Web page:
Connecting Drug Discovery with Solid State Formulation Design

Lead Research Organisation: University of Leeds
Department Name: Chemical and Process Engineering

Abstract

Computer-aided drug design involves making predictions relating to the function and properties of bioactive molecules based on their molecular structure. These models do not take into account the solid-state properties of such molecules, which may control the solubility and bioavailability, two physicochemical properties which can govern the in vivo activity of drugs. The solid form of active pharmaceutical ingredients (APIs), and factors such as salt and hydrate formation, can affect the surface properties and dissolution rate which are critical when considering the bioavailability of solid API formulations. Combining computational approaches used in early stage drug discovery with computational models which can predict solid-state properties, would be a powerful assert to the pharmaceutical and agrochemical industries, with the potential to drastically reduce rates of attrition during development.
The aim of the project is to link the structure of a molecule to its solubility properties by generating quantitative structure-property relationship (QSPR) computational models which can predict solid-state properties of ionic bioactive molecules. We postulate that the role of the solid state is not adequately accounted for in the current status-quo models for solubility and bioavailability prediction. To begin we will focus on two chemical structures which are highly relevant to the pharmaceutical industry: quinolin-4-ones and 1,8-naphthyridines. These have been chosen since (i) they are privileged scaffolds, found in a number of clinically relevant drugs; (ii) they form part of active research projects in the Fishwick group at Leeds, where exemplar bioactive molecules display poor solubility in various aqueous systems (<10 uM).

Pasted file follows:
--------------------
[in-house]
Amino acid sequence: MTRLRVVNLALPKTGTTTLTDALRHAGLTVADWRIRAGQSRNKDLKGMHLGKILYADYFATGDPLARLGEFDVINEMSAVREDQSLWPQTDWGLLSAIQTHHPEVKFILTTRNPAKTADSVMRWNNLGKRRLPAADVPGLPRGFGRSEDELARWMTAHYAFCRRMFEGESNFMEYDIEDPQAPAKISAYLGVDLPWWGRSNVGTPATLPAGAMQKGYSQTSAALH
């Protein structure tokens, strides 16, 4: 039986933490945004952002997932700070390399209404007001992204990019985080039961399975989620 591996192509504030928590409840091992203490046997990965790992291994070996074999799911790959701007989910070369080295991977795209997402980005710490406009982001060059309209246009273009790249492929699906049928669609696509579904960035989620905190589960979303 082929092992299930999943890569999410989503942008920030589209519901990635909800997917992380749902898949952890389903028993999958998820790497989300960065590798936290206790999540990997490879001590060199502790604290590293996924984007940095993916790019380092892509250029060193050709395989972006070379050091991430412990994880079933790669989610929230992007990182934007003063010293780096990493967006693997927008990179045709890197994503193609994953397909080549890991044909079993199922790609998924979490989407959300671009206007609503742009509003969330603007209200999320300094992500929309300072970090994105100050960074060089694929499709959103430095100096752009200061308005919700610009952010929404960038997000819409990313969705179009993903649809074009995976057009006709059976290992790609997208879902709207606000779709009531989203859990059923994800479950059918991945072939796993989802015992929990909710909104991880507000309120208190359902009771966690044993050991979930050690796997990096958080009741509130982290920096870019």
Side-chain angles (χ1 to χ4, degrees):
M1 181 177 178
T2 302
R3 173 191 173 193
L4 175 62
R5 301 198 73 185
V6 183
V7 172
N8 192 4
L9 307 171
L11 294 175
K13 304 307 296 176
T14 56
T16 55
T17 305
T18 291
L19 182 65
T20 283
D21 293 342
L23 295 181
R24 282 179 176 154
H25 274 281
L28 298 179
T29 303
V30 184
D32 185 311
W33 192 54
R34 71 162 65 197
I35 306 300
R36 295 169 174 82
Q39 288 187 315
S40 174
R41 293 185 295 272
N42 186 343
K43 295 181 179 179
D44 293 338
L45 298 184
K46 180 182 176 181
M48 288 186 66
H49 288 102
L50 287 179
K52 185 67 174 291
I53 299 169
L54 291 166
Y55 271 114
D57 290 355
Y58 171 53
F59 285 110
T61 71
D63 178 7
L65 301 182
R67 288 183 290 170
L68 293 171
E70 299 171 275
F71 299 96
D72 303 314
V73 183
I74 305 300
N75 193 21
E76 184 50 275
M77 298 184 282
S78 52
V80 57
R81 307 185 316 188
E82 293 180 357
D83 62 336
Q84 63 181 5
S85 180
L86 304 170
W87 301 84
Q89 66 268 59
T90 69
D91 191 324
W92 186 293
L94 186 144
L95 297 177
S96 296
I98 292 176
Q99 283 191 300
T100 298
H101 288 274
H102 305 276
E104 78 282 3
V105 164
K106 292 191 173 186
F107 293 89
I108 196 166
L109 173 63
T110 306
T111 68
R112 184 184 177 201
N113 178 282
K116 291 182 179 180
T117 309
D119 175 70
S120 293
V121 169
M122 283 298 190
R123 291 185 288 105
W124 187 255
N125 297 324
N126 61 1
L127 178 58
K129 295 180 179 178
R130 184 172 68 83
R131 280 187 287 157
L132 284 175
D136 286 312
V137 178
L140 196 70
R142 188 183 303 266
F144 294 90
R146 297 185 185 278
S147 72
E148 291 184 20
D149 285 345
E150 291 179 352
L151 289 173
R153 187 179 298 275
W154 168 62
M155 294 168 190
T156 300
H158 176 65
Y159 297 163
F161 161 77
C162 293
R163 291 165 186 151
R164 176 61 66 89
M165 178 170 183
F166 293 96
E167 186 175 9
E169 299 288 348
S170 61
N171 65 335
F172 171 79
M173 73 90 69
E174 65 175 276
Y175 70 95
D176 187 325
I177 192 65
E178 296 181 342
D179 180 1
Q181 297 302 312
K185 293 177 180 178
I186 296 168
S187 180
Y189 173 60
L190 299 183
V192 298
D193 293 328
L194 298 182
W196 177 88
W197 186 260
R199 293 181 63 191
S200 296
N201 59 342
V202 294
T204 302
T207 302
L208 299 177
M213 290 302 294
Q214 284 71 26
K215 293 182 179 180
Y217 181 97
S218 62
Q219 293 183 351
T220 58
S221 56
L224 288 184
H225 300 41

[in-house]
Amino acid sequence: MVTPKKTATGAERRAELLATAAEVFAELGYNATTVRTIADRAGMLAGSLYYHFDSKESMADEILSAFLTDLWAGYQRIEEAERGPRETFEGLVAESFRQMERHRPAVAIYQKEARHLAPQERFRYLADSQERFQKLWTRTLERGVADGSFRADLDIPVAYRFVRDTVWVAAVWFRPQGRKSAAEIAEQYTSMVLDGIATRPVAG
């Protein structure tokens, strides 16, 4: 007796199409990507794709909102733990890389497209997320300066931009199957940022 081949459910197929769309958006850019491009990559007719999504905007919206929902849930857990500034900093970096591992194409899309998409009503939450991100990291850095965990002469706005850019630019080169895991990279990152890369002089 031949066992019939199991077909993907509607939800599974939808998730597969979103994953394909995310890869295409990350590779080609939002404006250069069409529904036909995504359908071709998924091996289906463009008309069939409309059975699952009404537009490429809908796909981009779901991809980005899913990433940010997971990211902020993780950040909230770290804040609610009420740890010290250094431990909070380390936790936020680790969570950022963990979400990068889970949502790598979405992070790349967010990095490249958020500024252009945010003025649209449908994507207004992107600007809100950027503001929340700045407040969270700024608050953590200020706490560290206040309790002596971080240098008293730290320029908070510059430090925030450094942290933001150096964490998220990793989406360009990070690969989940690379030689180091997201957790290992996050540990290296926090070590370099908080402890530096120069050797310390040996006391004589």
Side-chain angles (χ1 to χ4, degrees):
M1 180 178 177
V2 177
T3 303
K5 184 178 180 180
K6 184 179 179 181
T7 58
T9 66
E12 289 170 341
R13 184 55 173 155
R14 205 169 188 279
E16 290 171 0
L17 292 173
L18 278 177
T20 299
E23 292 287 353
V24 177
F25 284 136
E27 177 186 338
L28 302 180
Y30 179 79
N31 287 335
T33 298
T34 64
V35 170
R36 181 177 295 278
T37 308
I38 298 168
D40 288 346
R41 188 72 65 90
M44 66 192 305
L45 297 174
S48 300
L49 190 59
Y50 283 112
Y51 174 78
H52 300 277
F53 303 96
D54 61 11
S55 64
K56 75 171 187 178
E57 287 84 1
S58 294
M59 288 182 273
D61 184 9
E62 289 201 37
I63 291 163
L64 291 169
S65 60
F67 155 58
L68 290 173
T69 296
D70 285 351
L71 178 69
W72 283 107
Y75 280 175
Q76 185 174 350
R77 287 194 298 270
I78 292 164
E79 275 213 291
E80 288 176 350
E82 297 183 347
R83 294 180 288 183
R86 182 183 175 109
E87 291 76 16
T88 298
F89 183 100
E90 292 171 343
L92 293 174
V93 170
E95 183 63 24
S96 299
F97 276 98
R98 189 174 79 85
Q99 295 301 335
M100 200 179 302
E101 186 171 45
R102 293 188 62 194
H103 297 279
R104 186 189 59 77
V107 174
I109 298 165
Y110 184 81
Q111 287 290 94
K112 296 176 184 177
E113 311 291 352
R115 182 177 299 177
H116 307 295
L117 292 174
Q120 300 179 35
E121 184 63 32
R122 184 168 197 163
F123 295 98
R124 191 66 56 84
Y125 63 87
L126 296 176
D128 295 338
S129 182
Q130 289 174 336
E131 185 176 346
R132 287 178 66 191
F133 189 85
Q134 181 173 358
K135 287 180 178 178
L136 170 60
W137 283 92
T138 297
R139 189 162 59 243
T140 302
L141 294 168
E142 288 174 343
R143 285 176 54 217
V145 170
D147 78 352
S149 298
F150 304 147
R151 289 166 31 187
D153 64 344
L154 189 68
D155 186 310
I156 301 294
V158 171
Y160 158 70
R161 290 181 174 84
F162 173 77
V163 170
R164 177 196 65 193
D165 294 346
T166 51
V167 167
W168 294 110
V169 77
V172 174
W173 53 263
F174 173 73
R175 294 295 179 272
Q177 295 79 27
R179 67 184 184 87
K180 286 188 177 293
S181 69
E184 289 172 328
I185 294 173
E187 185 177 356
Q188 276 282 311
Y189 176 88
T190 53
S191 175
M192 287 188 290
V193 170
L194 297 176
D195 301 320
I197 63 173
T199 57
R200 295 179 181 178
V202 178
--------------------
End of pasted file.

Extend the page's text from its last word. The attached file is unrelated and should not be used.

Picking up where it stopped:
To achieve the overall project aim, we have a number of objectives:
Objective 1: We aim to develop a new set of descriptors based on various structural features exclusive to the solid state, to help us capture the role of the solid state in bioavailability. This include 'synthonic interactions', the 3D arrangement, stacking and sublimation enthalpies, amongst other features. We believe surface chemistry plays an important role, and the types of surfaces generated from different 3D structures. We wish to use ionic materials which have a propensity to readily form different polymorphs and salt structures to help us quantify the role of these interactions exclusive to the solid state.
Objective 2: Train the computational models using experimental data (such as aqueous solubility measurements of different polymorphs and atomic force microscopy), so that these new descriptors may be used in further predictive studies to help improve modelling of properties relevant to bioavailability. Once suitable endpoints have been achieved, the knowledge can feedback into the design-phase of computer-aided drug design.
Objective 3: Widen the scope to include additional privileged scaffolds from industrial partners.
The project relates to a number of EPSRC research themes: surface science (major alignment), complexity science and control engineering. Our aims will explore many unknowns in surface-based chemistry of ionic substances, connecting experimental data with QSPR modelling.

Publications

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Studentship Projects

Project Reference Relationship Related To Start End Student Name
EP/S022473/1 01/04/2019 30/09/2027
2273479 Studentship EP/S022473/1 01/10/2019 30/09/2023 Samuel Meredith